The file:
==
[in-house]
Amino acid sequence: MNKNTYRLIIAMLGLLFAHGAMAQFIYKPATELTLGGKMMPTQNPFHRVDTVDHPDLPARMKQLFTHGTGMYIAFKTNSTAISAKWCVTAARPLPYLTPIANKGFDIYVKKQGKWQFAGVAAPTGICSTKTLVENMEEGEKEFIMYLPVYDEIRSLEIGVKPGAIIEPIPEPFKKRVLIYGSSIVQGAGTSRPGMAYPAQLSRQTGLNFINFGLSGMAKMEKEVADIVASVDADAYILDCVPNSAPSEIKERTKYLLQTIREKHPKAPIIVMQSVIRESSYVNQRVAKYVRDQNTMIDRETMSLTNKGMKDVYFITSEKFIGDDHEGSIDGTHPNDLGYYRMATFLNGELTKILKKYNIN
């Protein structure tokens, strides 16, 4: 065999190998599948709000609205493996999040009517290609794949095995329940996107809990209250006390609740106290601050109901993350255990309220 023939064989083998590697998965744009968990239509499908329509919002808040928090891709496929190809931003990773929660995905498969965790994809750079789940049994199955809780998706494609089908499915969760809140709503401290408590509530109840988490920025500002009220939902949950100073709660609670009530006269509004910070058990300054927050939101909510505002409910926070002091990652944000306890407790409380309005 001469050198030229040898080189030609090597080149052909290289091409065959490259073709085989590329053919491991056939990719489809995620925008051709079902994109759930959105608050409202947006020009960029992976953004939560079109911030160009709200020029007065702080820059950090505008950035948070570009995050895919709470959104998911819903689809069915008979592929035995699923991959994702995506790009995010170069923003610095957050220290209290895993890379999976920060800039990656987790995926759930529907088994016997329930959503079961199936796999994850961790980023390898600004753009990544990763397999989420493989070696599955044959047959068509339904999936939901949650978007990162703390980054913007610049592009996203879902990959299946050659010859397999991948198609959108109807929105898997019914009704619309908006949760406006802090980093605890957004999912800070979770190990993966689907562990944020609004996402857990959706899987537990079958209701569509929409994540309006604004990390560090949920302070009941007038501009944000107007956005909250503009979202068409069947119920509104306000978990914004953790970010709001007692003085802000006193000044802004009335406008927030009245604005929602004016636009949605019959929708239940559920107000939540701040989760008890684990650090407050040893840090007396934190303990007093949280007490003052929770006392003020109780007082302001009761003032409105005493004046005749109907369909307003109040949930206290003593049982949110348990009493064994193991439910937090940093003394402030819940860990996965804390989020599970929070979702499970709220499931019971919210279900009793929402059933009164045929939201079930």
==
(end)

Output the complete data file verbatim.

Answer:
[in-house]
Amino acid sequence: MNKNTYRLIIAMLGLLFAHGAMAQFIYKPATELTLGGKMMPTQNPFHRVDTVDHPDLPARMKQLFTHGTGMYIAFKTNSTAISAKWCVTAARPLPYLTPIANKGFDIYVKKQGKWQFAGVAAPTGICSTKTLVENMEEGEKEFIMYLPVYDEIRSLEIGVKPGAIIEPIPEPFKKRVLIYGSSIVQGAGTSRPGMAYPAQLSRQTGLNFINFGLSGMAKMEKEVADIVASVDADAYILDCVPNSAPSEIKERTKYLLQTIREKHPKAPIIVMQSVIRESSYVNQRVAKYVRDQNTMIDRETMSLTNKGMKDVYFITSEKFIGDDHEGSIDGTHPNDLGYYRMATFLNGELTKILKKYNIN
């Protein structure tokens, strides 16, 4: 065999190998599948709000609205493996999040009517290609794949095995329940996107809990209250006390609740106290601050109901993350255990309220 023939064989083998590697998965744009968990239509499908329509919002808040928090891709496929190809931003990773929660995905498969965790994809750079789940049994199955809780998706494609089908499915969760809140709503401290408590509530109840988490920025500002009220939902949950100073709660609670009530006269509004910070058990300054927050939101909510505002409910926070002091990652944000306890407790409380309005 001469050198030229040898080189030609090597080149052909290289091409065959490259073709085989590329053919491991056939990719489809995620925008051709079902994109759930959105608050409202947006020009960029992976953004939560079109911030160009709200020029007065702080820059950090505008950035948070570009995050895919709470959104998911819903689809069915008979592929035995699923991959994702995506790009995010170069923003610095957050220290209290895993890379999976920060800039990656987790995926759930529907088994016997329930959503079961199936796999994850961790980023390898600004753009990544990763397999989420493989070696599955044959047959068509339904999936939901949650978007990162703390980054913007610049592009996203879902990959299946050659010859397999991948198609959108109807929105898997019914009704619309908006949760406006802090980093605890957004999912800070979770190990993966689907562990944020609004996402857990959706899987537990079958209701569509929409994540309006604004990390560090949920302070009941007038501009944000107007956005909250503009979202068409069947119920509104306000978990914004953790970010709001007692003085802000006193000044802004009335406008927030009245604005929602004016636009949605019959929708239940559920107000939540701040989760008890684990650090407050040893840090007396934190303990007093949280007490003052929770006392003020109780007082302001009761003032409105005493004046005749109907369909307003109040949930206290003593049982949110348990009493064994193991439910937090940093003394402030819940860990996965804390989020599970929070979702499970709220499931019971919210279900009793929402059933009164045929939201079930």